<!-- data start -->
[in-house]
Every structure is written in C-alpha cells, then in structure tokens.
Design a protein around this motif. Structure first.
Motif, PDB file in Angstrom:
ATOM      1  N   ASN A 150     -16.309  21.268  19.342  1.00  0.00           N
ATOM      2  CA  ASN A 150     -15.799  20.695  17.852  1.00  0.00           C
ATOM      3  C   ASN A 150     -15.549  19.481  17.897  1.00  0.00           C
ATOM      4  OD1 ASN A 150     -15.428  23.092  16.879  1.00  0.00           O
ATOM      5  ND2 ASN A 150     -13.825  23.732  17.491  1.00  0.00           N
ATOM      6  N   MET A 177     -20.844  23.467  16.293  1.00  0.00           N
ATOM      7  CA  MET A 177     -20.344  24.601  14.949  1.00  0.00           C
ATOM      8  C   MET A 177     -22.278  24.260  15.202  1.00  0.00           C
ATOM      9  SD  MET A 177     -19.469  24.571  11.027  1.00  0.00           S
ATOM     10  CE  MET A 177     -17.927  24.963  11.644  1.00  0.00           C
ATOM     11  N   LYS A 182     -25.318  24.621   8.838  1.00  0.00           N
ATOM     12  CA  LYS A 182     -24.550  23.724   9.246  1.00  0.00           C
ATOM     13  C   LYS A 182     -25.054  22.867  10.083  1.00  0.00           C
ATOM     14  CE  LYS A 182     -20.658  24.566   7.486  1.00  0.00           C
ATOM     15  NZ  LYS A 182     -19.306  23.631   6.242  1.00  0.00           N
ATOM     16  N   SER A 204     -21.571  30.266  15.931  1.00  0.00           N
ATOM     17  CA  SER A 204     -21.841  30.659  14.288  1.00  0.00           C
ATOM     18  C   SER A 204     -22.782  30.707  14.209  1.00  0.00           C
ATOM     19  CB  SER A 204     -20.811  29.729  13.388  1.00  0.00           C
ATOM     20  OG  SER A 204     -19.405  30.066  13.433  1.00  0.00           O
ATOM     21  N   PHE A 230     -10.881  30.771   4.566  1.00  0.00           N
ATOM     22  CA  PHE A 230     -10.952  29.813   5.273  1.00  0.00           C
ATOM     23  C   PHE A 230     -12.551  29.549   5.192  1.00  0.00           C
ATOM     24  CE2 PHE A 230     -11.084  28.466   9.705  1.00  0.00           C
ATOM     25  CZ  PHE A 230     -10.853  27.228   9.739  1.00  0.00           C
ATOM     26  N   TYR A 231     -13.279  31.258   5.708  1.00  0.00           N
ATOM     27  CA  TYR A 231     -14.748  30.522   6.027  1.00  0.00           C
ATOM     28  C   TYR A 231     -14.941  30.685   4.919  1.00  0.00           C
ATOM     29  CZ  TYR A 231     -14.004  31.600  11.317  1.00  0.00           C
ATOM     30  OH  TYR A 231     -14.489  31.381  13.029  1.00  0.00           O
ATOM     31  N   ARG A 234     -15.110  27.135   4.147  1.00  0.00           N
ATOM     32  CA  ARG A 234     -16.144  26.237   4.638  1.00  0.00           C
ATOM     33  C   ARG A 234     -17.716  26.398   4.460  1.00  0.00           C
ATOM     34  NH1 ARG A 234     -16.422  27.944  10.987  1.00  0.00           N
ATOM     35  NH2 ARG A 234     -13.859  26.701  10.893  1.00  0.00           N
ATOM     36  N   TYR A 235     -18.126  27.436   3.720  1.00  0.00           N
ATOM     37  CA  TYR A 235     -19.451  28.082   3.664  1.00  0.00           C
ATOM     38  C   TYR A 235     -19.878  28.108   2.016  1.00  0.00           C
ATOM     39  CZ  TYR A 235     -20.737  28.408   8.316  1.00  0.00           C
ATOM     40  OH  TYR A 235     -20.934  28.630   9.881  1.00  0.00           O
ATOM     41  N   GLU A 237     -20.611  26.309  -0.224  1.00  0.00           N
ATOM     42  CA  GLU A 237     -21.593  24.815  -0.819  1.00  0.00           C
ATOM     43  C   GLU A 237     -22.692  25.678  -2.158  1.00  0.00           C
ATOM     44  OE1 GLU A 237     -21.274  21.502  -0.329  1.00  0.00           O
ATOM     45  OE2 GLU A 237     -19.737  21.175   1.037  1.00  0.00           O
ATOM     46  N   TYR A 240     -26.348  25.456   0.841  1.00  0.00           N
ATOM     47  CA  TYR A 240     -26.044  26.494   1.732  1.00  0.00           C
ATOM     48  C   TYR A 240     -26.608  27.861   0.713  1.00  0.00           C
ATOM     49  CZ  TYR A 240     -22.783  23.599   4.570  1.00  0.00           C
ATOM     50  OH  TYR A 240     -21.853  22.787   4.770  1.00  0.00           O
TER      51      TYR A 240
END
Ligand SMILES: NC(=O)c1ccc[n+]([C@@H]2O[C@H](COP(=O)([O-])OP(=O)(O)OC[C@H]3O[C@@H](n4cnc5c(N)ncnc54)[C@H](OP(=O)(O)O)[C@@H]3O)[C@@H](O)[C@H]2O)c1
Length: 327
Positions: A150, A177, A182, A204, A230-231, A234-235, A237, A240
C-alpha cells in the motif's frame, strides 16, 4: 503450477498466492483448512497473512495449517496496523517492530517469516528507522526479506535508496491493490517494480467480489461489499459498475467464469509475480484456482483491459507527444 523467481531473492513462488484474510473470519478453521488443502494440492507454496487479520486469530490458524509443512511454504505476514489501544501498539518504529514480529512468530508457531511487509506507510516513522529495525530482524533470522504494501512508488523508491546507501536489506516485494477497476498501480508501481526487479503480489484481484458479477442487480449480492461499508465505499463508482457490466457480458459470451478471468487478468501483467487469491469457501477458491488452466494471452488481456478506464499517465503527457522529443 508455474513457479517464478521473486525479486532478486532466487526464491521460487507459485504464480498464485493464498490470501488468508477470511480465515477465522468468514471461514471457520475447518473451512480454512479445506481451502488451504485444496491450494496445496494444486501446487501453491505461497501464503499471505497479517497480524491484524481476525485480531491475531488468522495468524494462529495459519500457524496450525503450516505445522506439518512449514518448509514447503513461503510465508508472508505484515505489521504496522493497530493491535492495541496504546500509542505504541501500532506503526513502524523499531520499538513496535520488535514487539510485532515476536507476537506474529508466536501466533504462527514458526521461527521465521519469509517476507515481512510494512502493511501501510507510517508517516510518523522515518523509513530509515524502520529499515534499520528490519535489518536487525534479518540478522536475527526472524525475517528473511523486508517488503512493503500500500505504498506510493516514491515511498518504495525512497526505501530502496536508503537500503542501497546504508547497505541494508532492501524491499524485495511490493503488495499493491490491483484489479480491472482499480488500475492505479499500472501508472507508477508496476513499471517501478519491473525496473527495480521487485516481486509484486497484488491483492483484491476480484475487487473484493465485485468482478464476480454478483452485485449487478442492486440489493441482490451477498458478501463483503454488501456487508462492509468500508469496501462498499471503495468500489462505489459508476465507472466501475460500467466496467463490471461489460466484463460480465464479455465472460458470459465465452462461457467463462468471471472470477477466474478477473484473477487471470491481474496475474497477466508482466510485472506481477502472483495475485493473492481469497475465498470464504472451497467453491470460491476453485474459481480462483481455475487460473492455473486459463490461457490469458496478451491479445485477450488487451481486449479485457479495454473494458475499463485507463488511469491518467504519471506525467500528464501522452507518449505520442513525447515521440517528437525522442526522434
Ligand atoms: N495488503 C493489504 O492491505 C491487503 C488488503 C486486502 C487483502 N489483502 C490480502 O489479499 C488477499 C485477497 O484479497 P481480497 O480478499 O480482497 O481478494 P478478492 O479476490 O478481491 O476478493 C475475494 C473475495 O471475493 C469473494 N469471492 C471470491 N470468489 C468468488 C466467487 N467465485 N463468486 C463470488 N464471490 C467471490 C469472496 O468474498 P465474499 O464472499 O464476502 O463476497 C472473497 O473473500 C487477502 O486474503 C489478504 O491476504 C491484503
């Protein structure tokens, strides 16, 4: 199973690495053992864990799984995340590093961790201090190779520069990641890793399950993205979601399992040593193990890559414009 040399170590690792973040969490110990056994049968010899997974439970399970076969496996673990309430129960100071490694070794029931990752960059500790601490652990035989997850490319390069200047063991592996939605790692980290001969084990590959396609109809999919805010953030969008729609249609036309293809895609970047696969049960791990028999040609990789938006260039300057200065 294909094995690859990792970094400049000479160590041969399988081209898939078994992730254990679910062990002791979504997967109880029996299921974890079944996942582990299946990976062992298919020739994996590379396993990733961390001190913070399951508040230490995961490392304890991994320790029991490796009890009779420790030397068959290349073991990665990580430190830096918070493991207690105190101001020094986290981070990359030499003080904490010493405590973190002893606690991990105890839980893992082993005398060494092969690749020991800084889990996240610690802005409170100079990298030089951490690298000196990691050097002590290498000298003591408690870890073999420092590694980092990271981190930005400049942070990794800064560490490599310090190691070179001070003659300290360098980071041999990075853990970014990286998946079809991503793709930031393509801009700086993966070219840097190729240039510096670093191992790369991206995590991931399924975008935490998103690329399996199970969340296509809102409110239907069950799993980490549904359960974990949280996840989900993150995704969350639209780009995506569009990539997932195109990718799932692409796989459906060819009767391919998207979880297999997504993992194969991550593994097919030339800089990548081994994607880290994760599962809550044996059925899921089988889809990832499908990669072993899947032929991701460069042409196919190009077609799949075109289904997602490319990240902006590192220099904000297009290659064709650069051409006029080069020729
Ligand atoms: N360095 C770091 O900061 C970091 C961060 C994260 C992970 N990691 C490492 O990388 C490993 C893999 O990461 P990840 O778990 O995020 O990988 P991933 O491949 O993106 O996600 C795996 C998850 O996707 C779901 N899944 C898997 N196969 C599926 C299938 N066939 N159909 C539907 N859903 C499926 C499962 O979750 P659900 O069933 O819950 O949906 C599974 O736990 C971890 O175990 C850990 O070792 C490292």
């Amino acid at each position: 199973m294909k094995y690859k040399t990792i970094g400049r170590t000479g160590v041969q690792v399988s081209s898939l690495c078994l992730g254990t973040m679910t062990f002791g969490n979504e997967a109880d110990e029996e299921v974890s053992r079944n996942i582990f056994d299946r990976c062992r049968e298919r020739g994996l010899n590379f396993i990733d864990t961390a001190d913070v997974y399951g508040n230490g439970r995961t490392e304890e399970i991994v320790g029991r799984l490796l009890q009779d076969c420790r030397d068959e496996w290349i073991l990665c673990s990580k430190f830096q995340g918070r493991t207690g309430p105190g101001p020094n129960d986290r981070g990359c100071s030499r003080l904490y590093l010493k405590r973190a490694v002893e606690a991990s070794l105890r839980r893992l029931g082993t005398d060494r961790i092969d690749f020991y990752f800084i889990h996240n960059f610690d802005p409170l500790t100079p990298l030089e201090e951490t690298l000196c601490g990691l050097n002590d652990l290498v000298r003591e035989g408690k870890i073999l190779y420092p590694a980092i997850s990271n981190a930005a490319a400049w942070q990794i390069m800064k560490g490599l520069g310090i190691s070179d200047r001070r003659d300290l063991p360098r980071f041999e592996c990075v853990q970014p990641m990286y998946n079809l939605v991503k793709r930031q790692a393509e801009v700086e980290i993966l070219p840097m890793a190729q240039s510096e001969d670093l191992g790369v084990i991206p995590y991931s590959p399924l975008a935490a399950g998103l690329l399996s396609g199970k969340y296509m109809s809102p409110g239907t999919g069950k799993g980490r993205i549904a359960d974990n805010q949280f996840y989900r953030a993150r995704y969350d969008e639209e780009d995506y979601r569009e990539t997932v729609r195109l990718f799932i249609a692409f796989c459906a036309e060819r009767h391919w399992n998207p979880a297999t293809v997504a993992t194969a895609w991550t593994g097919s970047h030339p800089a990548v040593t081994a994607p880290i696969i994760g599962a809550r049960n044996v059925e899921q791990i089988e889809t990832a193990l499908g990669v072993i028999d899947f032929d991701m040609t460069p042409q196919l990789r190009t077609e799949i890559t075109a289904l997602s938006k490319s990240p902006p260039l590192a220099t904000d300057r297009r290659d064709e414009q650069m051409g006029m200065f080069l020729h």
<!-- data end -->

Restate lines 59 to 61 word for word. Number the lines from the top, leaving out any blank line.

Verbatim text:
Positions: A150, A177, A182, A204, A230-231, A234-235, A237, A240
C-alpha cells in the motif's frame, strides 16, 4: 503450477498466492483448512497473512495449517496496523517492530517469516528507522526479506535508496491493490517494480467480489461489499459498475467464469509475480484456482483491459507527444 523467481531473492513462488484474510473470519478453521488443502494440492507454496487479520486469530490458524509443512511454504505476514489501544501498539518504529514480529512468530508457531511487509506507510516513522529495525530482524533470522504494501512508488523508491546507501536489506516485494477497476498501480508501481526487479503480489484481484458479477442487480449480492461499508465505499463508482457490466457480458459470451478471468487478468501483467487469491469457501477458491488452466494471452488481456478506464499517465503527457522529443 508455474513457479517464478521473486525479486532478486532466487526464491521460487507459485504464480498464485493464498490470501488468508477470511480465515477465522468468514471461514471457520475447518473451512480454512479445506481451502488451504485444496491450494496445496494444486501446487501453491505461497501464503499471505497479517497480524491484524481476525485480531491475531488468522495468524494462529495459519500457524496450525503450516505445522506439518512449514518448509514447503513461503510465508508472508505484515505489521504496522493497530493491535492495541496504546500509542505504541501500532506503526513502524523499531520499538513496535520488535514487539510485532515476536507476537506474529508466536501466533504462527514458526521461527521465521519469509517476507515481512510494512502493511501501510507510517508517516510518523522515518523509513530509515524502520529499515534499520528490519535489518536487525534479518540478522536475527526472524525475517528473511523486508517488503512493503500500500505504498506510493516514491515511498518504495525512497526505501530502496536508503537500503542501497546504508547497505541494508532492501524491499524485495511490493503488495499493491490491483484489479480491472482499480488500475492505479499500472501508472507508477508496476513499471517501478519491473525496473527495480521487485516481486509484486497484488491483492483484491476480484475487487473484493465485485468482478464476480454478483452485485449487478442492486440489493441482490451477498458478501463483503454488501456487508462492509468500508469496501462498499471503495468500489462505489459508476465507472466501475460500467466496467463490471461489460466484463460480465464479455465472460458470459465465452462461457467463462468471471472470477477466474478477473484473477487471470491481474496475474497477466508482466510485472506481477502472483495475485493473492481469497475465498470464504472451497467453491470460491476453485474459481480462483481455475487460473492455473486459463490461457490469458496478451491479445485477450488487451481486449479485457479495454473494458475499463485507463488511469491518467504519471506525467500528464501522452507518449505520442513525447515521440517528437525522442526522434
Ligand atoms: N495488503 C493489504 O492491505 C491487503 C488488503 C486486502 C487483502 N489483502 C490480502 O489479499 C488477499 C485477497 O484479497 P481480497 O480478499 O480482497 O481478494 P478478492 O479476490 O478481491 O476478493 C475475494 C473475495 O471475493 C469473494 N469471492 C471470491 N470468489 C468468488 C466467487 N467465485 N463468486 C463470488 N464471490 C467471490 C469472496 O468474498 P465474499 O464472499 O464476502 O463476497 C472473497 O473473500 C487477502 O486474503 C489478504 O491476504 C491484503